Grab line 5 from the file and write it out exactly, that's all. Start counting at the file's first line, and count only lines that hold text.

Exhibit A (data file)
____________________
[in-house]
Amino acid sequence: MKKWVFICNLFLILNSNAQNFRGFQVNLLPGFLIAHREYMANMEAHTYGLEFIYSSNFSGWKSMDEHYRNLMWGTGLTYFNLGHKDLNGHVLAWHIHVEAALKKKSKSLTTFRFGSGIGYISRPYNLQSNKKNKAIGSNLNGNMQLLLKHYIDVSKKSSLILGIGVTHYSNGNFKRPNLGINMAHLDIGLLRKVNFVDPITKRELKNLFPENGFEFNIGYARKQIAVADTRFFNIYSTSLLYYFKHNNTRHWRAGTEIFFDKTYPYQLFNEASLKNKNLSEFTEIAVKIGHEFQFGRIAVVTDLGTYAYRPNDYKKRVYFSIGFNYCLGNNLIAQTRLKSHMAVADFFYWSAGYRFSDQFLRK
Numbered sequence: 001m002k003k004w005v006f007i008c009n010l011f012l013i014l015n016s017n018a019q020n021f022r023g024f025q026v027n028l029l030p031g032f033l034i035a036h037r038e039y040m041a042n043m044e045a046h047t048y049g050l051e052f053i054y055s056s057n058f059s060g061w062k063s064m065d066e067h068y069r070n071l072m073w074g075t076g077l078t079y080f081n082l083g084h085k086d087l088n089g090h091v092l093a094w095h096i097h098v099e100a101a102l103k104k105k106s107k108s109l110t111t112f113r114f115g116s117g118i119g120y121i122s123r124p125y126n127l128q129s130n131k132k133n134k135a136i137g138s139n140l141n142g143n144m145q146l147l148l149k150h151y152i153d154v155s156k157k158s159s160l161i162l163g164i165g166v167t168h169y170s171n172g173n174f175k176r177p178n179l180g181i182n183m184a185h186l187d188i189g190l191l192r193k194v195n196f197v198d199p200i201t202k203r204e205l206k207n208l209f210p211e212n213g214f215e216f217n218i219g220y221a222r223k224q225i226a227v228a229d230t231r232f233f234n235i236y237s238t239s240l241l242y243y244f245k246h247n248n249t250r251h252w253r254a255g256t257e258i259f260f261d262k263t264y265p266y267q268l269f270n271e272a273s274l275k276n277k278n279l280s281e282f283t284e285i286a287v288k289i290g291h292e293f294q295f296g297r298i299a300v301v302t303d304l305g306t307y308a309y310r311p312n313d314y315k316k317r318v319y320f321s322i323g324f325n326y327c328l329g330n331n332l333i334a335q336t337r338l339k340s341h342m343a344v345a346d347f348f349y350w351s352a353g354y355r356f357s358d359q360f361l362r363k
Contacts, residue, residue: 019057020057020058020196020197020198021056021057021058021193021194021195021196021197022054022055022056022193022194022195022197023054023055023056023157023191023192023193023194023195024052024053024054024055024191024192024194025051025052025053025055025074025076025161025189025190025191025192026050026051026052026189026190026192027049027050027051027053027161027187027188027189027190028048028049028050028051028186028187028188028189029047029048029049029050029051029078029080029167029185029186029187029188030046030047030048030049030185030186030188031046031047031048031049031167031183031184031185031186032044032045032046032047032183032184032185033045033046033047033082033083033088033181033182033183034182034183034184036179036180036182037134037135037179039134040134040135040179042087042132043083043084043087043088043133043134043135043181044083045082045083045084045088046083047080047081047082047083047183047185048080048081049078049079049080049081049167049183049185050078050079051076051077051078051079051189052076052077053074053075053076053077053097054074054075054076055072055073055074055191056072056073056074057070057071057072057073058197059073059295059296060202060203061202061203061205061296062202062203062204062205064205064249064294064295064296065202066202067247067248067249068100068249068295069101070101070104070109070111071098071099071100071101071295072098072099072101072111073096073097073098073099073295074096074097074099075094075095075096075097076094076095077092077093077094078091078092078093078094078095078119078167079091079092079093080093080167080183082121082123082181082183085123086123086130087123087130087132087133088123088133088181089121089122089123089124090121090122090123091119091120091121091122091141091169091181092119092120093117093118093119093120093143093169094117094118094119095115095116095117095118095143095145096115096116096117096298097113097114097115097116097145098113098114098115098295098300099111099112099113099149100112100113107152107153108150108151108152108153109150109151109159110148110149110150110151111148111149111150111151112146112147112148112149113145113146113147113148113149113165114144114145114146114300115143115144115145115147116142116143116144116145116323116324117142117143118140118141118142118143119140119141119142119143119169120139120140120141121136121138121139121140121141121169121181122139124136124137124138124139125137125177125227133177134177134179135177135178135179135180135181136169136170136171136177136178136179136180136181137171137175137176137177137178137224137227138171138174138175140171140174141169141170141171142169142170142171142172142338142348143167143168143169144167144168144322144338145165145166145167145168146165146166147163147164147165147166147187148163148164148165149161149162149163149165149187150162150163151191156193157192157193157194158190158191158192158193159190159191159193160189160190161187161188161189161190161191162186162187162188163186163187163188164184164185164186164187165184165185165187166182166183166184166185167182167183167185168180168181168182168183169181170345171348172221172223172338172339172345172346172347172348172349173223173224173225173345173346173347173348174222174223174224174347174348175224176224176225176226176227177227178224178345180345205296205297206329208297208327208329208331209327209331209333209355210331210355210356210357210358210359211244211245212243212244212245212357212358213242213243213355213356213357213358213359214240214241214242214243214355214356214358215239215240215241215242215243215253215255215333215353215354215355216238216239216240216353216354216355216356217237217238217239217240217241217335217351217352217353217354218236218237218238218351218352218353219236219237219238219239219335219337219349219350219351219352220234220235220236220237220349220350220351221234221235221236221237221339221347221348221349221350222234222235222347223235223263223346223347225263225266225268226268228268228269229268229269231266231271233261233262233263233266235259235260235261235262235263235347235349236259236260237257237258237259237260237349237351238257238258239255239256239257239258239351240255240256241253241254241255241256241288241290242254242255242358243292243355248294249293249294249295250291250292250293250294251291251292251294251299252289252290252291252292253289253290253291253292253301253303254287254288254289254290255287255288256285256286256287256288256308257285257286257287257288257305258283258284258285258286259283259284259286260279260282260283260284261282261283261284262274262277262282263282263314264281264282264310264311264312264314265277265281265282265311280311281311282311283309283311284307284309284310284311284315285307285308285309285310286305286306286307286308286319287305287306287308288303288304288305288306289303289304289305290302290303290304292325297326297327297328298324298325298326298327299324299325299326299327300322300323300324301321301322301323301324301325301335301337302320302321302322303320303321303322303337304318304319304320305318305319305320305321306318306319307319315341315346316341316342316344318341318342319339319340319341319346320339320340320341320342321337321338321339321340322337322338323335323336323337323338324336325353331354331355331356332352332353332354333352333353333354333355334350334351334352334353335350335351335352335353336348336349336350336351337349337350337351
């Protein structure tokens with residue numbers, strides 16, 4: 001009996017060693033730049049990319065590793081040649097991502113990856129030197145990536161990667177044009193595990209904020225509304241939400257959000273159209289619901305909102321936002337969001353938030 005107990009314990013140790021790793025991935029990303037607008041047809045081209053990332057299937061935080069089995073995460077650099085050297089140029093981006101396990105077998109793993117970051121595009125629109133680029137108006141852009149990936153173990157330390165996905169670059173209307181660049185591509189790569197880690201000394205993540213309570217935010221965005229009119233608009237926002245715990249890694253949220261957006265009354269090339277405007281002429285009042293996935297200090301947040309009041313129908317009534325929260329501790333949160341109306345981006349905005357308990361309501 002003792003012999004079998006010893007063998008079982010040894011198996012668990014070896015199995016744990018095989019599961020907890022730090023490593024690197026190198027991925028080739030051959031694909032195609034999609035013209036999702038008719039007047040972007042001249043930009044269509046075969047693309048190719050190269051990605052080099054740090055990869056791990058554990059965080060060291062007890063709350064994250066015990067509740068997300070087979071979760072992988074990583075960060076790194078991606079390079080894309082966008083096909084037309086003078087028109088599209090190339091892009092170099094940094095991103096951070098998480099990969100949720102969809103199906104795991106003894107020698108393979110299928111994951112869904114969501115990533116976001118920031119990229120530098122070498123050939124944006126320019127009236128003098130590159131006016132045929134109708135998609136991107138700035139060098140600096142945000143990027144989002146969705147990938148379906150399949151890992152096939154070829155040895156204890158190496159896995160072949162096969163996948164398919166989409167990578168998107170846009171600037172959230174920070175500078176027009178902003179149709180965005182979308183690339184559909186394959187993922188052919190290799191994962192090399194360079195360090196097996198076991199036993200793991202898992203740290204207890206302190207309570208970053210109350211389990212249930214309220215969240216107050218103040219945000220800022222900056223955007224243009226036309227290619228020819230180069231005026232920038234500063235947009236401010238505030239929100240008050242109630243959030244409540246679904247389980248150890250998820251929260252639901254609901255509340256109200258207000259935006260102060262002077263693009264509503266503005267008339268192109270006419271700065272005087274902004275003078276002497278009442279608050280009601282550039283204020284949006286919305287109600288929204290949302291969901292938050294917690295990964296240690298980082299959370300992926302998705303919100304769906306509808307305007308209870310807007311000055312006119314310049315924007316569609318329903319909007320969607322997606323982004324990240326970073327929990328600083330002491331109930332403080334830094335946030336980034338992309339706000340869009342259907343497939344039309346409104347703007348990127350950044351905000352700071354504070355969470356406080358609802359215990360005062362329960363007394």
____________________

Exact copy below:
């Protein structure tokens with residue numbers, strides 16, 4: 001009996017060693033730049049990319065590793081040649097991502113990856129030197145990536161990667177044009193595990209904020225509304241939400257959000273159209289619901305909102321936002337969001353938030 005107990009314990013140790021790793025991935029990303037607008041047809045081209053990332057299937061935080069089995073995460077650099085050297089140029093981006101396990105077998109793993117970051121595009125629109133680029137108006141852009149990936153173990157330390165996905169670059173209307181660049185591509189790569197880690201000394205993540213309570217935010221965005229009119233608009237926002245715990249890694253949220261957006265009354269090339277405007281002429285009042293996935297200090301947040309009041313129908317009534325929260329501790333949160341109306345981006349905005357308990361309501 002003792003012999004079998006010893007063998008079982010040894011198996012668990014070896015199995016744990018095989019599961020907890022730090023490593024690197026190198027991925028080739030051959031694909032195609034999609035013209036999702038008719039007047040972007042001249043930009044269509046075969047693309048190719050190269051990605052080099054740090055990869056791990058554990059965080060060291062007890063709350064994250066015990067509740068997300070087979071979760072992988074990583075960060076790194078991606079390079080894309082966008083096909084037309086003078087028109088599209090190339091892009092170099094940094095991103096951070098998480099990969100949720102969809103199906104795991106003894107020698108393979110299928111994951112869904114969501115990533116976001118920031119990229120530098122070498123050939124944006126320019127009236128003098130590159131006016132045929134109708135998609136991107138700035139060098140600096142945000143990027144989002146969705147990938148379906150399949151890992152096939154070829155040895156204890158190496159896995160072949162096969163996948164398919166989409167990578168998107170846009171600037172959230174920070175500078176027009178902003179149709180965005182979308183690339184559909186394959187993922188052919190290799191994962192090399194360079195360090196097996198076991199036993200793991202898992203740290204207890206302190207309570208970053210109350211389990212249930214309220215969240216107050218103040219945000220800022222900056223955007224243009226036309227290619228020819230180069231005026232920038234500063235947009236401010238505030239929100240008050242109630243959030244409540246679904247389980248150890250998820251929260252639901254609901255509340256109200258207000259935006260102060262002077263693009264509503266503005267008339268192109270006419271700065272005087274902004275003078276002497278009442279608050280009601282550039283204020284949006286919305287109600288929204290949302291969901292938050294917690295990964296240690298980082299959370300992926302998705303919100304769906306509808307305007308209870310807007311000055312006119314310049315924007316569609318329903319909007320969607322997606323982004324990240326970073327929990328600083330002491331109930332403080334830094335946030336980034338992309339706000340869009342259907343497939344039309346409104347703007348990127350950044351905000352700071354504070355969470356406080358609802359215990360005062362329960363007394």